Passing through the valley of weeping goes along with the the psalmist longing for and also pining for the house of God in v2, and the "again praising Thee" in v4.

Those who have highways in their heart transform the place of suffering which they pass through into springing wells. When you are passing through the valley of weeping, the springing wells are not wells of joy (Heb 12:11), but of selflessness and seeing God's loving hand. The suffering becomes a pruning so that you can bear more fruit (John 15:2). Also God joins in and sends showers of blessings. God does not send the showers of blessings until we, in dependence on His help through the church, start transforming the weeping valley to springing wells.
 
v7 - Each suffering we pass through in this way makes our faith stronger and bolder to appear before God. Once you have suffered such a great loss and survived, you no longer fear. What worse could happen to me? (Gal 6:17)

Not merely to be in the assembly, but to appear before God was the object of each devout Israelite. Would to God it were the sincere desire of all who in these days mingle in our religious gatherings. Unless we realise the presence of God we have done nothing; the mere gathering together is nothing worth. - Spurgeon
 
v8-9 - The psalmist tells God to hear his prayer, and to look upon our Shield and the face of His Messiah so that God will be favorable to his prayer, but the psalm doesn't actually say what the prayer is. The prayer request is up to us to insert for our own situation and that of our church and the world.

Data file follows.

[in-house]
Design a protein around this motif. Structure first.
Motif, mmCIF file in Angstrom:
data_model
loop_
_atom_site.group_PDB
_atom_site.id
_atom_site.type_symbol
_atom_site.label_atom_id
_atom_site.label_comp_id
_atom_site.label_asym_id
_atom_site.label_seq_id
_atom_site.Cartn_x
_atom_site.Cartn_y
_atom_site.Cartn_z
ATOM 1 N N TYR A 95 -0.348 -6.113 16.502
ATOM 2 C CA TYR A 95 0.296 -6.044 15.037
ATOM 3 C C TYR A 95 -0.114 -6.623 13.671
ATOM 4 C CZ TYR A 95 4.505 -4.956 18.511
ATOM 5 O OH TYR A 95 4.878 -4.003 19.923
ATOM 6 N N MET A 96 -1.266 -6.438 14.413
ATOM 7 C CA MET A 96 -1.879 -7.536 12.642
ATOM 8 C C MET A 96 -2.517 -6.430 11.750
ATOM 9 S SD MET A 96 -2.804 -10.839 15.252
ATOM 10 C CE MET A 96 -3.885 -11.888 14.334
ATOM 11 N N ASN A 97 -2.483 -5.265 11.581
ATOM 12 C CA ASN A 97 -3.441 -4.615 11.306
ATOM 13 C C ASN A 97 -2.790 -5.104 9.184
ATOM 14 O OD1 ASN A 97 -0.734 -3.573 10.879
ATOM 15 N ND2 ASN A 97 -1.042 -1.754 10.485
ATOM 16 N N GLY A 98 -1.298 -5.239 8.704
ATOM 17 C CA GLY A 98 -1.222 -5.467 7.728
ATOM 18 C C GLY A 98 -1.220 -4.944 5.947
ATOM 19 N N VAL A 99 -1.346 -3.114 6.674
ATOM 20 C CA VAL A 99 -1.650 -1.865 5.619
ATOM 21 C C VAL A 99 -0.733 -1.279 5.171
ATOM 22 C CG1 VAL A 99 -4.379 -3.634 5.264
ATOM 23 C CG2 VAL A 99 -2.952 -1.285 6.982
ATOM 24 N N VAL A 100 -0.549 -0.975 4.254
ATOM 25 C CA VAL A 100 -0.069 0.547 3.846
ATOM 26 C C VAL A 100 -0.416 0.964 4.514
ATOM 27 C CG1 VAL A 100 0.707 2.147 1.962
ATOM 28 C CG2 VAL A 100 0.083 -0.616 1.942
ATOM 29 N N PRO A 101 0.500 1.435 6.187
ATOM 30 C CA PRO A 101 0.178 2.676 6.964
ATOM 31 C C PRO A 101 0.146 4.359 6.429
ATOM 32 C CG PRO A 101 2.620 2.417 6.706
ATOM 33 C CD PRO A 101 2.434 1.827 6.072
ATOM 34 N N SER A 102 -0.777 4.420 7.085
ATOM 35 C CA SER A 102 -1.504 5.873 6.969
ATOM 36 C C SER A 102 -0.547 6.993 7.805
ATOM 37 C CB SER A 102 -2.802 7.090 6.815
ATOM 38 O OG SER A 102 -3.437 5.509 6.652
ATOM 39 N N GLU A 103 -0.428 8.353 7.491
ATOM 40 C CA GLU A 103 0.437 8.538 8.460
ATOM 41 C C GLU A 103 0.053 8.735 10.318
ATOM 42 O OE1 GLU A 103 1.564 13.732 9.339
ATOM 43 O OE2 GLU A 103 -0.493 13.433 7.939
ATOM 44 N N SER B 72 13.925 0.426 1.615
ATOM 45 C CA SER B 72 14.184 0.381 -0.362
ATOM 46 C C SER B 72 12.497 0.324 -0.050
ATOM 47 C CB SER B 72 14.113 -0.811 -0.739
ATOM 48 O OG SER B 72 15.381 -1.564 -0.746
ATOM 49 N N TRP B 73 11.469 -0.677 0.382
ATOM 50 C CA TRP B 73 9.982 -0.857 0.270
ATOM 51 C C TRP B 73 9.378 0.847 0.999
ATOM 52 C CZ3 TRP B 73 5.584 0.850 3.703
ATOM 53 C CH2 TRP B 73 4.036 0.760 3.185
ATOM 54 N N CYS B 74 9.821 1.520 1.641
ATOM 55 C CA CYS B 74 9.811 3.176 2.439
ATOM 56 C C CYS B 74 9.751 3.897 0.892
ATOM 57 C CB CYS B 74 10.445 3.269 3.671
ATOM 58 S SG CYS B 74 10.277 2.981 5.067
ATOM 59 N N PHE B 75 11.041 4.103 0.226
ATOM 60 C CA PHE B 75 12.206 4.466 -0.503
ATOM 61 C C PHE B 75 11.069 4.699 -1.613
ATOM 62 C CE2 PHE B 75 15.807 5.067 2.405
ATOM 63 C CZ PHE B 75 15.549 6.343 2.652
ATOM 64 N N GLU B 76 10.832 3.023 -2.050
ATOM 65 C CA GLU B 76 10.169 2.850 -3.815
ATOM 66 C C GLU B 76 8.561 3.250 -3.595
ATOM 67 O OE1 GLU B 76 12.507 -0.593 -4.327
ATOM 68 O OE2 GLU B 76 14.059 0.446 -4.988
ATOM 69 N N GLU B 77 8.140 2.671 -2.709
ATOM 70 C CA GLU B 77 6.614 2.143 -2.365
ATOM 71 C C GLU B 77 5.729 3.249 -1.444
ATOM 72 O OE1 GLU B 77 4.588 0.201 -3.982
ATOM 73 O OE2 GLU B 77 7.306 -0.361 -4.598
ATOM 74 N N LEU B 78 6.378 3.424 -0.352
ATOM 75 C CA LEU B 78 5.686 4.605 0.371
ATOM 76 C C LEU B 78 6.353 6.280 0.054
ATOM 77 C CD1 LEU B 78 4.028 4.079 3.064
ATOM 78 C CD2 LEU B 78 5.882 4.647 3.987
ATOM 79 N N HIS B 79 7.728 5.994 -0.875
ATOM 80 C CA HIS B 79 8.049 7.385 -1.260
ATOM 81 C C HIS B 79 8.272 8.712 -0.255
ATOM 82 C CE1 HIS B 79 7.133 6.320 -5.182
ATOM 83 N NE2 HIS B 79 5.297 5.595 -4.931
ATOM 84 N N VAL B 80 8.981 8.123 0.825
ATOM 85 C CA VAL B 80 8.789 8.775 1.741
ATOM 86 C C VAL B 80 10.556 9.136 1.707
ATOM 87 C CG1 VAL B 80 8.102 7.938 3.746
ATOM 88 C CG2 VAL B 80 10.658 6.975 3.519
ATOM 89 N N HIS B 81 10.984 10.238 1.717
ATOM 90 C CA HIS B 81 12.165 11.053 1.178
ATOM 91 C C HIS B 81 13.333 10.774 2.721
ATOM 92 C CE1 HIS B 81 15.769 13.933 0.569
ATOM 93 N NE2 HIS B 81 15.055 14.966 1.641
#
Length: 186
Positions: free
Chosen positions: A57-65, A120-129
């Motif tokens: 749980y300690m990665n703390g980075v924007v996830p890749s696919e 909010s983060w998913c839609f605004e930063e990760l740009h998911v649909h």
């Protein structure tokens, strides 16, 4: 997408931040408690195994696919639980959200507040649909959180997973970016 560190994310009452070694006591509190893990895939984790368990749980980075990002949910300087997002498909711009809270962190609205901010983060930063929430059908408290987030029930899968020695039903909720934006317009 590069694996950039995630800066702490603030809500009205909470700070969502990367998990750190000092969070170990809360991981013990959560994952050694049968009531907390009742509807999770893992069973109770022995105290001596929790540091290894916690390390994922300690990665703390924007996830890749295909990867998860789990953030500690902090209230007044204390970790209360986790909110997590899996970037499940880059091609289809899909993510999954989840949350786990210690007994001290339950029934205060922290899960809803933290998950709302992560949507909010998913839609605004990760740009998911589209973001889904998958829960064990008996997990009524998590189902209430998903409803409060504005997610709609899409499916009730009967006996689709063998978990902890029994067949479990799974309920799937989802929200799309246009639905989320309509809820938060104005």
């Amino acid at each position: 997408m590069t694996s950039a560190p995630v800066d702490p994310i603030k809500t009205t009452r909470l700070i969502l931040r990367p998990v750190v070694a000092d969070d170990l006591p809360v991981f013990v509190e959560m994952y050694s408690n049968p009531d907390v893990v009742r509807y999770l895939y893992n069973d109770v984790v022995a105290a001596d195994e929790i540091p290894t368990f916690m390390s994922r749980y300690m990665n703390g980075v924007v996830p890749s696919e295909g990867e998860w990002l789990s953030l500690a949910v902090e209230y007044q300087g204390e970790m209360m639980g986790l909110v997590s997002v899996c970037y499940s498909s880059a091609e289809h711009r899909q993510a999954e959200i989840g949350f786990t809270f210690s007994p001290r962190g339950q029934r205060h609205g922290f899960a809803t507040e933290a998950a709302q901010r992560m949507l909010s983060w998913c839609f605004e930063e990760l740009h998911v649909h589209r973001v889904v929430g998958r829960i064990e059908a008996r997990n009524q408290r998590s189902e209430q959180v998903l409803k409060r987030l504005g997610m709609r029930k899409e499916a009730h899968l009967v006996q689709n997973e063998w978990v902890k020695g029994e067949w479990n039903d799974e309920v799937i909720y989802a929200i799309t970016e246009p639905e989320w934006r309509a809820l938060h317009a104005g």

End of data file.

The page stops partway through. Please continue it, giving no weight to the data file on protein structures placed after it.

Our shield is the Messiah. We tell God to look upon His face, who took our punishment upon Himself.
 
v10 - The psalmist tells God to look upon His Mesiah's face because a day in Your courts is better than a thousand. Why would the thousand-fold superiority of time spent in the Lord's courts be reason for God to look upon His Messiah's face? It may be that we are not worthy to spend time in God's courts, so we pray for God to look at our Shield, His Messiah's face as covering for us to be in His holy presence.

I get 1,000 times more inspiration in church than on my own. There is 1000 times more living God in the church (v2). If you skip church to have a time alone with the Lord, that will not work except in specific abnormal circumstances.You need a foundation of time with the Lord alone and in daily life in order to experience Him 1,000-fold in the church.To be blessed in the church, you also need to individually have your help in Him (v4).